Why does it seem like a paid search launch has as many moving parts as launching a space shuttle? To make sure that everything gets taken care of, I adhere to a five step launch process when building a new paid search program.
This process makes it easier to divide and conquer developing each part of the program, and it always results in more tightly aligned content.
Here are the five steps to follow when launching a new paid search program:
- Establish Goals
- Develop a Creative Outline
- Generate the Creative Assets
- Structure the Assets
- Have Someone Else Check for Errors
1. Establish Goals
Sure, mentioning this step is beating a dead horse, but I am including it anyway because I still see programs that do not have clear goals. Your goals need to map to business objectives.
If your business objective is to license software to a list of 400 large target companies, then your goals will be very different than if your objective is to maximize revenue from online purchases. The old practice of running paid search just to get more traffic to your site falls under the mistake of not aligning goals to business objectives.
There are several other common mistakes made in setting goals, but I won’t go into them in this article. I like to follow the SMART acronym of setting goals and Wikipedia has a great review of setting SMART goals.
2. Develop A Creative Outline
This step is skipped most frequently in the launch process. Building an outline of creative assets before actually building out any of the assets is essential. It significantly decreases the possibility of bidding on keywords that don’t align to your product, and it makes it easier to divide and conquer when it comes time to start developing the content.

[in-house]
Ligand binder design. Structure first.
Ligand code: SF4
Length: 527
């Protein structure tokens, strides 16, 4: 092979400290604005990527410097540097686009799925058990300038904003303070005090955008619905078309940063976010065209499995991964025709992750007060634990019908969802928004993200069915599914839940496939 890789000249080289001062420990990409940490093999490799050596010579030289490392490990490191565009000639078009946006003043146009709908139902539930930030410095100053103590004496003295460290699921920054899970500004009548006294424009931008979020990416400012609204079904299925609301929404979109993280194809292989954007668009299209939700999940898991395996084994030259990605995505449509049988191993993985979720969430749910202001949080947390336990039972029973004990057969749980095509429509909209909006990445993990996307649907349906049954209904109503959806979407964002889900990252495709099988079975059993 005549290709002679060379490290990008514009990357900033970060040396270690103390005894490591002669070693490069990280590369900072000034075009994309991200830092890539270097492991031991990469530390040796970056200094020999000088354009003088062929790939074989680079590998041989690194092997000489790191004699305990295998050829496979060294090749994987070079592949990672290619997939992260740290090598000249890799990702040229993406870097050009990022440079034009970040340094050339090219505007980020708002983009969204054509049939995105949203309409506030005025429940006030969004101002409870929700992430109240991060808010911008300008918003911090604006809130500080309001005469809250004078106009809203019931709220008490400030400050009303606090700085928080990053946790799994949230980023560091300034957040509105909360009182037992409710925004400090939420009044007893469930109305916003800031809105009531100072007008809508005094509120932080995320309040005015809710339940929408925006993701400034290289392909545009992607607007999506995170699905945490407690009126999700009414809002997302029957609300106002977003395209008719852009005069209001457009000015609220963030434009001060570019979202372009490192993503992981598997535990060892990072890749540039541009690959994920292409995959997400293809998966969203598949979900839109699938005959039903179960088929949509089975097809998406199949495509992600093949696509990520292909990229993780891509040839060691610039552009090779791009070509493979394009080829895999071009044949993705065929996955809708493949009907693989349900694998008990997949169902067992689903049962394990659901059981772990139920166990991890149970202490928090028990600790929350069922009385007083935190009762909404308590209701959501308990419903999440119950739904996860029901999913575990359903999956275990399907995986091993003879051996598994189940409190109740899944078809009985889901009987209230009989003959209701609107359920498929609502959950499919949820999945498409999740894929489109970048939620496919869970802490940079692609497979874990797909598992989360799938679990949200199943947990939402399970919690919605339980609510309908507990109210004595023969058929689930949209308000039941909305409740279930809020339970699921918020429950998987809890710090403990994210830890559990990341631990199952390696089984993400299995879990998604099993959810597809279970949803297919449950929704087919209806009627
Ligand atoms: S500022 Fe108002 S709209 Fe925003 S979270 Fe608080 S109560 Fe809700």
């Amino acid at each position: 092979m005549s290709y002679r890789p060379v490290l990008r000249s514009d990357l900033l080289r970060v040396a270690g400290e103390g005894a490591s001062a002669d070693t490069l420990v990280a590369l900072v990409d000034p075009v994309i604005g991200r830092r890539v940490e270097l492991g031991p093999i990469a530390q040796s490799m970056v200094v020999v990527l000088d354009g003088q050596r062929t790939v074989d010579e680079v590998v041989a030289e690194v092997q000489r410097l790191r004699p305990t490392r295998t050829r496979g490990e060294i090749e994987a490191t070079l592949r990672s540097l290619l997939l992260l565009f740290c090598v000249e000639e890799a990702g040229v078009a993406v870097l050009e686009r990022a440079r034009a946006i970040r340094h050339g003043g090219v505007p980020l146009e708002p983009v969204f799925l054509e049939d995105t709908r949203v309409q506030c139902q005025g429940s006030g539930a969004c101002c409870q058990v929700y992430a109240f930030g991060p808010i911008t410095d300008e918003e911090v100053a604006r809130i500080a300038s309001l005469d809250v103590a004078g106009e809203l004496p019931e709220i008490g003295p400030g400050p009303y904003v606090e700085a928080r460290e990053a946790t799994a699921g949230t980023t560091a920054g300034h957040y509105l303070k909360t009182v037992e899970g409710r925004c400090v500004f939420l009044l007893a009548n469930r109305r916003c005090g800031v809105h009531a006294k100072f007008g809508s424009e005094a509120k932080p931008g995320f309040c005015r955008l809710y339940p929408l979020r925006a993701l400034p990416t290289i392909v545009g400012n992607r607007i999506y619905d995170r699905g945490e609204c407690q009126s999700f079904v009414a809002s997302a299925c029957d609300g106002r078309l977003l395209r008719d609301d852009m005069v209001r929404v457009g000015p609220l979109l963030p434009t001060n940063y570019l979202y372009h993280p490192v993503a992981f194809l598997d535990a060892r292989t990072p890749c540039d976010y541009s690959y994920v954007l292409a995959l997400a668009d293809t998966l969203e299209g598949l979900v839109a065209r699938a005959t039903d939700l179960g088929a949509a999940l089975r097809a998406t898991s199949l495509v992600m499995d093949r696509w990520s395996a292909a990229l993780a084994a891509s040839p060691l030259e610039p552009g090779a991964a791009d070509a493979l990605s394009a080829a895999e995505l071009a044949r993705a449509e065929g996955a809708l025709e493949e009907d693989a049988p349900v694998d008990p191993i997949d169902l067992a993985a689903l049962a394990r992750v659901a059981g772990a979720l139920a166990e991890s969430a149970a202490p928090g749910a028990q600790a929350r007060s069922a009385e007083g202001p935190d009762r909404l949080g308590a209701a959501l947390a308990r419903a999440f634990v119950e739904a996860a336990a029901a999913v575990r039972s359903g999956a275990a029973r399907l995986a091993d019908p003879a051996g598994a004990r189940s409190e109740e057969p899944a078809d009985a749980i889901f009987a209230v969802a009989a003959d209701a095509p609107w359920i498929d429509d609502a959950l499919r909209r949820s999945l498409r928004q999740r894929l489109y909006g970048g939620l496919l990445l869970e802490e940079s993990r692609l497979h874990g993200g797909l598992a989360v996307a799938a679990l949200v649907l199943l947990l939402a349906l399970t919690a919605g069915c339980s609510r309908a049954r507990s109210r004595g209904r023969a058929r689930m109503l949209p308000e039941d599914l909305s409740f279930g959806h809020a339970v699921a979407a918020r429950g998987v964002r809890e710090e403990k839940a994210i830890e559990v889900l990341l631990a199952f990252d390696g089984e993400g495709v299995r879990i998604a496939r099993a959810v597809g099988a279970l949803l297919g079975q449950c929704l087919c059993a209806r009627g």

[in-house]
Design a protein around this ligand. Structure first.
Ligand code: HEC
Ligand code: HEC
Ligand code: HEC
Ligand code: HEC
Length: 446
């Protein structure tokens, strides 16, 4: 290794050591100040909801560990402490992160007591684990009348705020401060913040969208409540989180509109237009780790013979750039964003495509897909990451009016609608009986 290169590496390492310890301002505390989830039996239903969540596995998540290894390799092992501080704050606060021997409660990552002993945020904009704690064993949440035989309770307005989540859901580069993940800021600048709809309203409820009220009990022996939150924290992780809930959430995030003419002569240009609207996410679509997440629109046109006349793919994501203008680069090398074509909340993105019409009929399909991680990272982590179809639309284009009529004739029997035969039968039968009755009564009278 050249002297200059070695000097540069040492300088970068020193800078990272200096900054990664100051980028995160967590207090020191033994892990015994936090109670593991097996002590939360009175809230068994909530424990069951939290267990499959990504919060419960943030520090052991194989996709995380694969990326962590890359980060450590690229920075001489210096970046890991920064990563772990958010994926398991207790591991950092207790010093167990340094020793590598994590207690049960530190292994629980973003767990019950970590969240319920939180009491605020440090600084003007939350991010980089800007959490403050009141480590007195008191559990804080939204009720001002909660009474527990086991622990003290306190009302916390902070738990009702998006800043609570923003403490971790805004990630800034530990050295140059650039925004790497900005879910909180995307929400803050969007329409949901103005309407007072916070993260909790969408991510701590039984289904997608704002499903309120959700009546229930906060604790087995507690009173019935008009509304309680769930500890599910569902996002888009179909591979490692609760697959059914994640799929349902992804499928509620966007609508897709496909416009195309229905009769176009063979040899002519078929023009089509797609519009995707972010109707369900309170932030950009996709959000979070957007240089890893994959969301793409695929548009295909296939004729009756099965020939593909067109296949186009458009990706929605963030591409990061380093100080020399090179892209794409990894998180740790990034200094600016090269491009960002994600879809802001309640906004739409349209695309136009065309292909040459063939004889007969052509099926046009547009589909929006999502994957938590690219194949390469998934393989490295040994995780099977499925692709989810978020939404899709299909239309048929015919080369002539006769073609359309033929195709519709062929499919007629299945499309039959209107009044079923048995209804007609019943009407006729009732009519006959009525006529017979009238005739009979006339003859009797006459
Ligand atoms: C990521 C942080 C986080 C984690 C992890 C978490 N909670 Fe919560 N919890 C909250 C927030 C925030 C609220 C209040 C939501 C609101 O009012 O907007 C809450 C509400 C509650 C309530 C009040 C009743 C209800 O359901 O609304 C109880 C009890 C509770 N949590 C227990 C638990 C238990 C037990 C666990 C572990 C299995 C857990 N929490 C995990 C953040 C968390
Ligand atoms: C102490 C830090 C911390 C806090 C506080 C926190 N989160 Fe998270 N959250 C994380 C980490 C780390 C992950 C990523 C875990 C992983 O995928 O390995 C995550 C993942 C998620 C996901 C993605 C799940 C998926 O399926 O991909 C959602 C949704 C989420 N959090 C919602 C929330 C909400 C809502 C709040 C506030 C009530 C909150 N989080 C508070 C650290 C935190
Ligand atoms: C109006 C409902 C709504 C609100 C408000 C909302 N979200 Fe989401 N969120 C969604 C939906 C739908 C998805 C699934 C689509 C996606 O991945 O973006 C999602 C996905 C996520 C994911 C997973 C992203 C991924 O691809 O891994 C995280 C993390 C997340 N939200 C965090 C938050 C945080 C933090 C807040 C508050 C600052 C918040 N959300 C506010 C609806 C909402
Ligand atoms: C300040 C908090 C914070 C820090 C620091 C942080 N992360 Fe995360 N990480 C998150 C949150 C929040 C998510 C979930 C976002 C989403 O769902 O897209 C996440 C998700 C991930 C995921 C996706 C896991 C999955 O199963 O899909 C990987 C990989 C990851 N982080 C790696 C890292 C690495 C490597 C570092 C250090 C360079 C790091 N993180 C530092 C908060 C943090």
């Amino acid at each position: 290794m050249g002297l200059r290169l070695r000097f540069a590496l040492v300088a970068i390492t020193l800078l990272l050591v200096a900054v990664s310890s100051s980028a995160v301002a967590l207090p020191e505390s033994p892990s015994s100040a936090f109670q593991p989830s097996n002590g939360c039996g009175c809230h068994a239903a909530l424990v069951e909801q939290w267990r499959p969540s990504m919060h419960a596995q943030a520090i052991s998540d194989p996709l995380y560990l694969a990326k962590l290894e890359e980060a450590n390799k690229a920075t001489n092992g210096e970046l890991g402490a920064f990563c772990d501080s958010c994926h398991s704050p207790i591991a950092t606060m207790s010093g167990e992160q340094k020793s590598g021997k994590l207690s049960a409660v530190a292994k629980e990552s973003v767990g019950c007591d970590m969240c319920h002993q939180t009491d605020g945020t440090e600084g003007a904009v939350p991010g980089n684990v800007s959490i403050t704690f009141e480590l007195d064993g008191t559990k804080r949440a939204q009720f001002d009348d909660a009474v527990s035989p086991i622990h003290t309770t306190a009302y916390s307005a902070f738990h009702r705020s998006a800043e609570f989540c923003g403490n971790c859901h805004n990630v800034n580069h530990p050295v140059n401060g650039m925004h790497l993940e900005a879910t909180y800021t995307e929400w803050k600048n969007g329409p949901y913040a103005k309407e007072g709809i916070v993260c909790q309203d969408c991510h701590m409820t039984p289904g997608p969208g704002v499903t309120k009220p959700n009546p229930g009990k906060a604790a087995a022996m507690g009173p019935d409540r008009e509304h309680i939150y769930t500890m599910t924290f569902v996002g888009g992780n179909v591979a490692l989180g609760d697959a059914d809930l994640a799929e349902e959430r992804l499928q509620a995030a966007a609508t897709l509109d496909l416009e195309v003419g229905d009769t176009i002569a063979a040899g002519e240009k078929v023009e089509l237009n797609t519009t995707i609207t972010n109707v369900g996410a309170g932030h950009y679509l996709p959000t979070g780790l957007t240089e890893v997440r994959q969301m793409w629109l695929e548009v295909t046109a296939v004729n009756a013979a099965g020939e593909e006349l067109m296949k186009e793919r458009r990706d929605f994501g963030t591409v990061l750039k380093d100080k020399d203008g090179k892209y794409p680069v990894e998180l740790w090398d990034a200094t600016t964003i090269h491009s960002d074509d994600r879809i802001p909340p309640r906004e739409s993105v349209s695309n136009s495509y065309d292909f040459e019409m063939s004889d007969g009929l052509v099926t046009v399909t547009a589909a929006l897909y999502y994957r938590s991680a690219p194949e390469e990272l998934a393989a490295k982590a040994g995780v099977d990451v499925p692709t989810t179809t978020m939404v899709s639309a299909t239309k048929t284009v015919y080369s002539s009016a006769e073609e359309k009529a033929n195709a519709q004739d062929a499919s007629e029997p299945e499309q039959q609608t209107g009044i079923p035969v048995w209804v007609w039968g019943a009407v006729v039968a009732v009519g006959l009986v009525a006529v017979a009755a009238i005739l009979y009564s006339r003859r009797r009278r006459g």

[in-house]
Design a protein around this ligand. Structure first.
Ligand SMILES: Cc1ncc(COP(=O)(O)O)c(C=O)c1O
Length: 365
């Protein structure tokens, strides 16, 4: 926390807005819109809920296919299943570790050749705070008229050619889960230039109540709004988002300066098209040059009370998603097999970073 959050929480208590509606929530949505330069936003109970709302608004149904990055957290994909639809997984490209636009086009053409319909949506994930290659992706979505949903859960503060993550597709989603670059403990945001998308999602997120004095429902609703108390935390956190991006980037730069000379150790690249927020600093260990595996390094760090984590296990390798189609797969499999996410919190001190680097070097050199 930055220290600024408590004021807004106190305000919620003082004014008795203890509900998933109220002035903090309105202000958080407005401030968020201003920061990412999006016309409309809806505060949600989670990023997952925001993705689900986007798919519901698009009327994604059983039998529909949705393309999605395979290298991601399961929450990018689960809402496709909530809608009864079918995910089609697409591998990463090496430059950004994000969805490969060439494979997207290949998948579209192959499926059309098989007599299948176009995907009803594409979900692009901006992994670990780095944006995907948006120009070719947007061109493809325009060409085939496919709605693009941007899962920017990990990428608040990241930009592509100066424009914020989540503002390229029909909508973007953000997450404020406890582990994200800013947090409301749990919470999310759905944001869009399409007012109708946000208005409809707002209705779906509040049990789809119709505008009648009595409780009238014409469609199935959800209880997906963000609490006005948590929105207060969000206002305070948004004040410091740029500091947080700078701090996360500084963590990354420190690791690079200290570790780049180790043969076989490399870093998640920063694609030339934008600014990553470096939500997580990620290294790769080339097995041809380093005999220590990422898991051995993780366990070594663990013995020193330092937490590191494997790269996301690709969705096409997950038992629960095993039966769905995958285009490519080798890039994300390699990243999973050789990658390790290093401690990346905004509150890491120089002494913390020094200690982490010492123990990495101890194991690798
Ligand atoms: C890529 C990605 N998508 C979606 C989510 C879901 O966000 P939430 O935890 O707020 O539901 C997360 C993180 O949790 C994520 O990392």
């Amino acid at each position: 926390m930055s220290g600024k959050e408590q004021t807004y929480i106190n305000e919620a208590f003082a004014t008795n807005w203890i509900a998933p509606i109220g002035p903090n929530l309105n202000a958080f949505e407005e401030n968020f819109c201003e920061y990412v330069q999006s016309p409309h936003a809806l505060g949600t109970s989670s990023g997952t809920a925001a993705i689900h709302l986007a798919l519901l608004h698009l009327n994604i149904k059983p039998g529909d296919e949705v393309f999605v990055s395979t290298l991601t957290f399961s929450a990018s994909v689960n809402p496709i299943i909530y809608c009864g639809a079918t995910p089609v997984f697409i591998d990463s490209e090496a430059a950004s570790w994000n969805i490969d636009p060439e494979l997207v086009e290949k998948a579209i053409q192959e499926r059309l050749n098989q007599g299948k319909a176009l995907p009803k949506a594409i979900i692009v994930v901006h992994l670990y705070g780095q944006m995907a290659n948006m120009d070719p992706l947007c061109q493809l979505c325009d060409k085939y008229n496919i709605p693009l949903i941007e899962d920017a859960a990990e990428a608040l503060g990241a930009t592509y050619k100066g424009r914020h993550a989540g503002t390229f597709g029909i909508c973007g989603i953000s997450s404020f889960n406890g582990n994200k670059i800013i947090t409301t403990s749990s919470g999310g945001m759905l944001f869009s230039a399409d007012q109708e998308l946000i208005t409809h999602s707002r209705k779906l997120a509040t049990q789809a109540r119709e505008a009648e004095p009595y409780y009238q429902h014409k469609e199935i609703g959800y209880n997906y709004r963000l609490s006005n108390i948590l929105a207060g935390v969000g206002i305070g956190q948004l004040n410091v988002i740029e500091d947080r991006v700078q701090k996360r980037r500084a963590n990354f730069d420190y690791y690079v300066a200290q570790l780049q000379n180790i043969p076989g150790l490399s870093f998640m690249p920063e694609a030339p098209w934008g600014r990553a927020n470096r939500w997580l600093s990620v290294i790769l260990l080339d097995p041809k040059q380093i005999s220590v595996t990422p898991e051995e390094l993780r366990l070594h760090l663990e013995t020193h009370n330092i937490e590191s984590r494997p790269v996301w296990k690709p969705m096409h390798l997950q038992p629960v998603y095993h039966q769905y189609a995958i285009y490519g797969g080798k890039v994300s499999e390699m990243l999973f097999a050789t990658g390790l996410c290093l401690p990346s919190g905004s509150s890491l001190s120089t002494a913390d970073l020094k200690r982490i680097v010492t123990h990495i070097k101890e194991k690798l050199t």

A creative outline contains broad information about each part of the customer’s path. For example, it might contain several “keyword buckets” or different types of keywords that could be searched for that relate to your product. It would also contain ad copy examples for several of those buckets.
Also, it would at least contain mocks of the landing pages of where people will go once they click on the ads. The advantage of mocking up the whole path rather than building out each part individually is that it gives you a more holistic view of your customer’s path, and will allow you to align all of your creative assets.
Something to watch out for is that often SEMs spend a great deal of time modeling their keyword list, when the real bottleneck is with the landing pages.
Even if you develop a killer keyword list with compelling ad copy, if you do not have a relevant landing page then customers will not convert. Seeing these landing page gaps early in the launch process should give you plenty of time to adjust your strategy or build the necessary pages by the time you are ready to launch.
3. Generate The Creative Assets
People frequently ask me whether they should develop ad copy, or generate their keyword lists first when building a new program. When people ask me this question it is a sure sign that they have skipped the previous step.